Aviation fuel prices: the logic of supply-demand. Airline stocks could be attractive
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The world’s economy is not homogeneous, but it is increasingly a continuum. So, when the US Fed’s Ben Bernanke talks in negative terms, as he did yesterday, about the US economy, his words do not necessarily apply to the rest of the world. But one effect of the statement was to drive down oil prices by some USD9, even while the US dollar fell again - suggesting some hope for airline fuel prices.
High oil prices, whether or not they are really being pumped by speculation, are certainly affected by a built-in price push due to uncertainty about supply, as well as a sentiment that demand elsewhere in the world remains strong. So long as that situation remains, airlines will suffer. But a price turnaround to the downside could be almost as rapid as the recent rise if sentiment shifts substantially, in an increasingly fragile market. Even a USD20 fall in global oil prices would cause airline stocks to surge.
The bottom line of the supply-demand equation is that the price should at some stage reflect underlying demand in the market. And, if demand softens as economies slow, the simple next step is: the price should come down. That at least is the logic. Until now, that logic does not seem to have applied, as the cost of a barrel of crude went through the ceiling.
In his half yearly presentation to the US Senate, Bernanke yesterday most pointedly raised the joint spectre of credit softening, along with inflation. This is the economic manager’s nightmare, as the tool of lower interest rates, producing a lower dollar, only fuels inflation. But to increase interest rates to slow inflation risks further dampening economic activity, and so on.
As the Fed Chairman said yesterday: "The possibility of higher energy prices, tighter credit conditions, and a still-deeper contraction in housing markets all represent significant downside risks to the outlook for growth." However, "the currently high level of inflation, if sustained, might lead the public to revise up its expectation for long-term inflation," which could stimulate "an unwelcome rise in actual inflation over the longer term.”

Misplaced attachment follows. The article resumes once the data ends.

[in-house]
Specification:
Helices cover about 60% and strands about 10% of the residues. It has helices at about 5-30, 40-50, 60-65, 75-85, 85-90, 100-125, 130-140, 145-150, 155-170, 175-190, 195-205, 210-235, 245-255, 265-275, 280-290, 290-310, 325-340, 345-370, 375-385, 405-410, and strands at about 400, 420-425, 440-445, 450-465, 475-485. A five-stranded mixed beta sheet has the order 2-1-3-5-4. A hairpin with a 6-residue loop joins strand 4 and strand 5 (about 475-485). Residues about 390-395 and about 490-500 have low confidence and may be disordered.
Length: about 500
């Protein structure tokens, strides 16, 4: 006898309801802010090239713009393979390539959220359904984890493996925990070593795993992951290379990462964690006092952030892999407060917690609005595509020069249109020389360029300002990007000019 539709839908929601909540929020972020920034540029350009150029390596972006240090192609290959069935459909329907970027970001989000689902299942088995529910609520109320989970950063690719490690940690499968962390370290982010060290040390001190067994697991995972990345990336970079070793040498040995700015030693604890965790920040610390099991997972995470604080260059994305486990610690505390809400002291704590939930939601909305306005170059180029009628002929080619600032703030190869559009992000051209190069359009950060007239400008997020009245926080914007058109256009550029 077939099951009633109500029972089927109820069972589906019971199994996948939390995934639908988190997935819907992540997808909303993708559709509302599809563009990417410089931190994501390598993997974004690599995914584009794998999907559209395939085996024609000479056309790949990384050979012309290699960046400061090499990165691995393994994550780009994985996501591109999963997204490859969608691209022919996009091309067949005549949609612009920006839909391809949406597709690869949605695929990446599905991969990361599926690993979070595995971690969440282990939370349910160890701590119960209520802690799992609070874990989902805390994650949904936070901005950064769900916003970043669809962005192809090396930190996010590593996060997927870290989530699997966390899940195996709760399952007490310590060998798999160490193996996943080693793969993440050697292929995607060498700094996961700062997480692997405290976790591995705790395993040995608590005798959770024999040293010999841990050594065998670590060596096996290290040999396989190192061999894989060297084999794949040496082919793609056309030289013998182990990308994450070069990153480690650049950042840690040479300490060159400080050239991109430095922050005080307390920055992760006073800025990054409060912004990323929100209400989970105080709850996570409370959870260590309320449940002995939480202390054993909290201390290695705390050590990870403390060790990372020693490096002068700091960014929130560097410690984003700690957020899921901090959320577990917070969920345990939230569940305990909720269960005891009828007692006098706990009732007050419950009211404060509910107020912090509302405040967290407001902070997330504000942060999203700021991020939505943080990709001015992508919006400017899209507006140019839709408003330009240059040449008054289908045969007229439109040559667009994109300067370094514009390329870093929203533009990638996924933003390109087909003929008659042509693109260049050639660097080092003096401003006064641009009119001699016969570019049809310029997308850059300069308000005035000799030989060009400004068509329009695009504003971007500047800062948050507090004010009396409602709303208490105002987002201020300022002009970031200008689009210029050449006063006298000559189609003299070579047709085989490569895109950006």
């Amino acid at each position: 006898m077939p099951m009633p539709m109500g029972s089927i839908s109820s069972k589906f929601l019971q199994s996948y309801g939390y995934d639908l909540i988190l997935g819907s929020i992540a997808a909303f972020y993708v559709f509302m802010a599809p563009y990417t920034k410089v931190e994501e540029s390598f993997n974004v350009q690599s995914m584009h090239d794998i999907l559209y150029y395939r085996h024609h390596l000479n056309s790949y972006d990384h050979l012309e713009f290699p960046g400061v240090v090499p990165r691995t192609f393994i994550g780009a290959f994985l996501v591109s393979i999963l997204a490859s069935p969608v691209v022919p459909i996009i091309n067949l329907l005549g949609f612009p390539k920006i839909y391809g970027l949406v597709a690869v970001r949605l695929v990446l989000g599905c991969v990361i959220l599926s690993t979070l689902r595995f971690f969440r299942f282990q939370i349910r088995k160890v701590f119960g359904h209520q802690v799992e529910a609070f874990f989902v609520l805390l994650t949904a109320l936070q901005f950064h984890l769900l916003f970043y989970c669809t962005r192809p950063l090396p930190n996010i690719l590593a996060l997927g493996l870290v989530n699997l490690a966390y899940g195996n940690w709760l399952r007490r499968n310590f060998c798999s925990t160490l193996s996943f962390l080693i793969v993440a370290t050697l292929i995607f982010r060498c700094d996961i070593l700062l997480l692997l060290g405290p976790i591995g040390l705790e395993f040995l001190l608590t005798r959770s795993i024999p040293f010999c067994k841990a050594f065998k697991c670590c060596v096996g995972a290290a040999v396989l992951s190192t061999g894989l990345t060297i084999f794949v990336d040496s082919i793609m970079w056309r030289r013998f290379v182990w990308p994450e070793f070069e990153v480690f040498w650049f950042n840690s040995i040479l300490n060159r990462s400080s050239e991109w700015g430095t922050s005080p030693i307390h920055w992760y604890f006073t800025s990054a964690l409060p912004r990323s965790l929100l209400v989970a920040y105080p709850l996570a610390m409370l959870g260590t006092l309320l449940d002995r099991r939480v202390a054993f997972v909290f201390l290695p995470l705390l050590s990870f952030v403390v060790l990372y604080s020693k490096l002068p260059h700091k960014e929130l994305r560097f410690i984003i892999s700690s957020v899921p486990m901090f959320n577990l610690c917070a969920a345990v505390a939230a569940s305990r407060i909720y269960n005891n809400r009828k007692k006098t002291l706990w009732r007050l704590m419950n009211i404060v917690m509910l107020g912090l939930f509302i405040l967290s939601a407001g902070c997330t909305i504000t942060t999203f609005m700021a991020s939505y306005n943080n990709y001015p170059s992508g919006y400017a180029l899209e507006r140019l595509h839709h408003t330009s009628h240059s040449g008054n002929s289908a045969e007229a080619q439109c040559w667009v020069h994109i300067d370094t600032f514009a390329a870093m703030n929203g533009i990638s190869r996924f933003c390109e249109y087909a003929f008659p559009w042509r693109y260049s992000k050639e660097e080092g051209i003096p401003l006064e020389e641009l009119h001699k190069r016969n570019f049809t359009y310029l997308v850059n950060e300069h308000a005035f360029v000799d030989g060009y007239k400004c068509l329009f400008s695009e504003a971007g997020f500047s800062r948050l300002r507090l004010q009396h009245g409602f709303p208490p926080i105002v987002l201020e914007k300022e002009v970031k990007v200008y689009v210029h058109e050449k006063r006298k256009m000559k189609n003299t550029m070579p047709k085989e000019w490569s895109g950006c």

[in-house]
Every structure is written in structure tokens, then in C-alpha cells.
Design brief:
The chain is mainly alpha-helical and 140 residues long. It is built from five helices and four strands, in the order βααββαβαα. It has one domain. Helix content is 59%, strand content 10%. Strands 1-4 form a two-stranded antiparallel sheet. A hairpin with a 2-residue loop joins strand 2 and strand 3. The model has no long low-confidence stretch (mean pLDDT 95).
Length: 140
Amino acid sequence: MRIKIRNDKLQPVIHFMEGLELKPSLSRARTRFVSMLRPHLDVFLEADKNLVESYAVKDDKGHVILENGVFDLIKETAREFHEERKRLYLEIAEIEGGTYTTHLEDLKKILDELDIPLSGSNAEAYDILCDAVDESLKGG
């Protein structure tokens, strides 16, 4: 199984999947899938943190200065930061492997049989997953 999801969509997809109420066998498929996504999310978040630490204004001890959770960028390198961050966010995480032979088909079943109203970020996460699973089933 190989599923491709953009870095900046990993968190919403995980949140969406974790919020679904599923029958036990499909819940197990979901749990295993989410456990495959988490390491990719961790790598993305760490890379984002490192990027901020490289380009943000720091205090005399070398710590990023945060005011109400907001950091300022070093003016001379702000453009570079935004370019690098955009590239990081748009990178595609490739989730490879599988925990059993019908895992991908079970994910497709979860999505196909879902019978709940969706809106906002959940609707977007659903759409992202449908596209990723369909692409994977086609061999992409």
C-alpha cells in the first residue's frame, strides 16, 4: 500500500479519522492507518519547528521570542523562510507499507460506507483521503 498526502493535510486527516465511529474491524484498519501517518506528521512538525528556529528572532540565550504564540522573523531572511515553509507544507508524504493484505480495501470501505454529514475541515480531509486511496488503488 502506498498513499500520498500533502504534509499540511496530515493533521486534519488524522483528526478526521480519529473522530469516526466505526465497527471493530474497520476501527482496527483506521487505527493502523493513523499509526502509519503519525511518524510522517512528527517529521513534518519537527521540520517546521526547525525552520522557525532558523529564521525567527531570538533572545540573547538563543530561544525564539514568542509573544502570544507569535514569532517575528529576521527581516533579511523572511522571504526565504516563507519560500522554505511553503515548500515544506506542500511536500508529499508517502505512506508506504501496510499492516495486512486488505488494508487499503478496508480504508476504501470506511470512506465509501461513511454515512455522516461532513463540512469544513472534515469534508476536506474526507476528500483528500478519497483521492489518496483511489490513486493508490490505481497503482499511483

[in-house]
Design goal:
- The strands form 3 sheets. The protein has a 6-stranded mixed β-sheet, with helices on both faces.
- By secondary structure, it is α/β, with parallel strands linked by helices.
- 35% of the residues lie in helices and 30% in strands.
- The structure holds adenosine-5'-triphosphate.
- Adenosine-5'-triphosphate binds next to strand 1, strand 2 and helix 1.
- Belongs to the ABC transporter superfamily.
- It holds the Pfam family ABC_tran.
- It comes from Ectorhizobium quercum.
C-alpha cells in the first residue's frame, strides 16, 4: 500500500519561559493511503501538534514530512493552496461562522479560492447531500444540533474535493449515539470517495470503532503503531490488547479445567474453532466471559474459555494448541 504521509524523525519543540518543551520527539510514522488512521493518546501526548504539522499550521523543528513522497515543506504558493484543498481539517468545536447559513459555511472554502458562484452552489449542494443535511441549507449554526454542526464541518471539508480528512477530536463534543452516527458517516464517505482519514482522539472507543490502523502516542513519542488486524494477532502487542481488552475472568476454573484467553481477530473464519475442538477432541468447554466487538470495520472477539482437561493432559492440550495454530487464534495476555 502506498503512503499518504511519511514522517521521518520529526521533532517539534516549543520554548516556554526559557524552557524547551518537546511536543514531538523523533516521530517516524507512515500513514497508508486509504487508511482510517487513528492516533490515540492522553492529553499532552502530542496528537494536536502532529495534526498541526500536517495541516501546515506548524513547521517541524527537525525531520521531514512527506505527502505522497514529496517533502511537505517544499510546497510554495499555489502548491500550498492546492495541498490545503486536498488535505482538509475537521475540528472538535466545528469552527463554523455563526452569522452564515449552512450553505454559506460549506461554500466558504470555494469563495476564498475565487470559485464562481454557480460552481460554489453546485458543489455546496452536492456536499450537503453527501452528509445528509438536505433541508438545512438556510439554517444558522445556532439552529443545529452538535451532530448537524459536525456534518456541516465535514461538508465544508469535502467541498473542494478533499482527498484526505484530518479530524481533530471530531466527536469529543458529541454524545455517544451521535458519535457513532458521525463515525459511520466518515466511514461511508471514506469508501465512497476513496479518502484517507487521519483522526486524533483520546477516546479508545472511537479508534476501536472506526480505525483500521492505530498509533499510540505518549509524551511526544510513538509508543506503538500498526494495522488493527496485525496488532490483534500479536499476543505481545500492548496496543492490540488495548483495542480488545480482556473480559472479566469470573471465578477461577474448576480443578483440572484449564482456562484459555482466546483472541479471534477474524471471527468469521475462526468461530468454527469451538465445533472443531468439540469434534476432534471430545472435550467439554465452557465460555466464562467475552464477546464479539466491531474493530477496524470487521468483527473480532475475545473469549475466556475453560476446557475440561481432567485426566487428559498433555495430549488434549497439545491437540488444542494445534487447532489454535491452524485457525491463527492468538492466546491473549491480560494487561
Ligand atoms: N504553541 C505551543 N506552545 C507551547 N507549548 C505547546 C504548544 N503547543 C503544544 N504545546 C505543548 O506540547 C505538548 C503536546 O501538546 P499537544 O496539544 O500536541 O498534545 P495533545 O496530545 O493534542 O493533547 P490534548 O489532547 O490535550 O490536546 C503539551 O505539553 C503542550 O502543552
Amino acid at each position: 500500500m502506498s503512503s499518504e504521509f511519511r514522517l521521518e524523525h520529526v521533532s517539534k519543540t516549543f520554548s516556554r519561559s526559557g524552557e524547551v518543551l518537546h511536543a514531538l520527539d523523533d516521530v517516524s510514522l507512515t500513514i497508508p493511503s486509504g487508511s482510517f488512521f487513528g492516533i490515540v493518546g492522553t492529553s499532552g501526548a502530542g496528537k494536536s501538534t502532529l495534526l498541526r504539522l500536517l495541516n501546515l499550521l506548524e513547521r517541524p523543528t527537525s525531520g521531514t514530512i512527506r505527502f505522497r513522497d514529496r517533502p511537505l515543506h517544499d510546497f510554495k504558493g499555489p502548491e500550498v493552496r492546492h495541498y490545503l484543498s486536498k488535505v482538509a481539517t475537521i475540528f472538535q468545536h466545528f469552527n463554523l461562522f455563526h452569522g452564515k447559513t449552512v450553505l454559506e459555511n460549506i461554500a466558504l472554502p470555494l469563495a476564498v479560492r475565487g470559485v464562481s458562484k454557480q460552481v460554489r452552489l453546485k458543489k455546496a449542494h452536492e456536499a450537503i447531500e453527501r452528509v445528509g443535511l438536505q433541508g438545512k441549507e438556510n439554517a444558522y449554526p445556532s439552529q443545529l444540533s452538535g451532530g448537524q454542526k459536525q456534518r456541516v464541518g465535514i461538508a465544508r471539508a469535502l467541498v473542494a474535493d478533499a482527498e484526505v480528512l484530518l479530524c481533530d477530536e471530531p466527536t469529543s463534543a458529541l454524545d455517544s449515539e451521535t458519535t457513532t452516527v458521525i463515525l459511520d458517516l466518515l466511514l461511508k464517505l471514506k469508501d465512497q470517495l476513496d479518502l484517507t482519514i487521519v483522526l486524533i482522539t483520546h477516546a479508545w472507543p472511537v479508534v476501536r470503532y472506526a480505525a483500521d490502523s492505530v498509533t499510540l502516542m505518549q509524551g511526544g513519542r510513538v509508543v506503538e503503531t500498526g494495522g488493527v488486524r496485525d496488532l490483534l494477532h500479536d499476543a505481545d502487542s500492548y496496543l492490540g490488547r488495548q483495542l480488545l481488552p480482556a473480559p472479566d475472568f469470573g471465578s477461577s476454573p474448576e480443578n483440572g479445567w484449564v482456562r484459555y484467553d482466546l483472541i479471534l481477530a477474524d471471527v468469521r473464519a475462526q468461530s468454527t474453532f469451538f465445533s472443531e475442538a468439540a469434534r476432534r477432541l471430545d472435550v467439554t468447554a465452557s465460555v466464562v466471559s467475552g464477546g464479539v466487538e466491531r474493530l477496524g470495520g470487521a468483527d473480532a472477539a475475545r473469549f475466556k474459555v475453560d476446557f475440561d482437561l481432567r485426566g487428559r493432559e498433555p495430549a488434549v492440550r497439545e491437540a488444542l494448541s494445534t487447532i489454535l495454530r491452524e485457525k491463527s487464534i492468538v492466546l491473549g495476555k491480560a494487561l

In many other parts of the world – notably the fastest growing aviation regions, the Middle East and Asia – inflation is in fact currently the biggest fear, while economic slowdown is only just appearing on the horizon. Governments of countries from the Gulf, through south Asia to China are currently grappling with inflation rates that still disguise, or even temporarily offset major signs of economic slowdown. So interest rates are being forced upwards.
The Gulf states and India already have double digit inflation, economic tiger Vietnam’s is in the high twenties and the gap between China’s GDP growth and its inflation rate is now wafer thin. The fast growing economies of South America and eastern Europe are feeling similar pressures.
So long however as the major non-US economies are still showing consumer strength, actual global fuel consumption remains high. But once the signs emerge of economic slowdowns elsewhere, oil price sentiment must surely shift. And, as we have seen recently, there is a high dose of sentiment in the existing price, suggesting that the price could drop as quickly as it rose, once that point is reached.
Yesterday, US contrarian billionaire investor, Wilbur Ross, put down USD80 million to help save Indian LCC, SpiceJet, awash in the sea of red ink that is India’s airline business. He may be taking a longer term view of the market. But, for others looking at an inflated oil price, the potential exists for a quick upside, as global economies cool.
Watching the inverse correlation between airline share and oil price fluctuations recently, the short term view could have merit.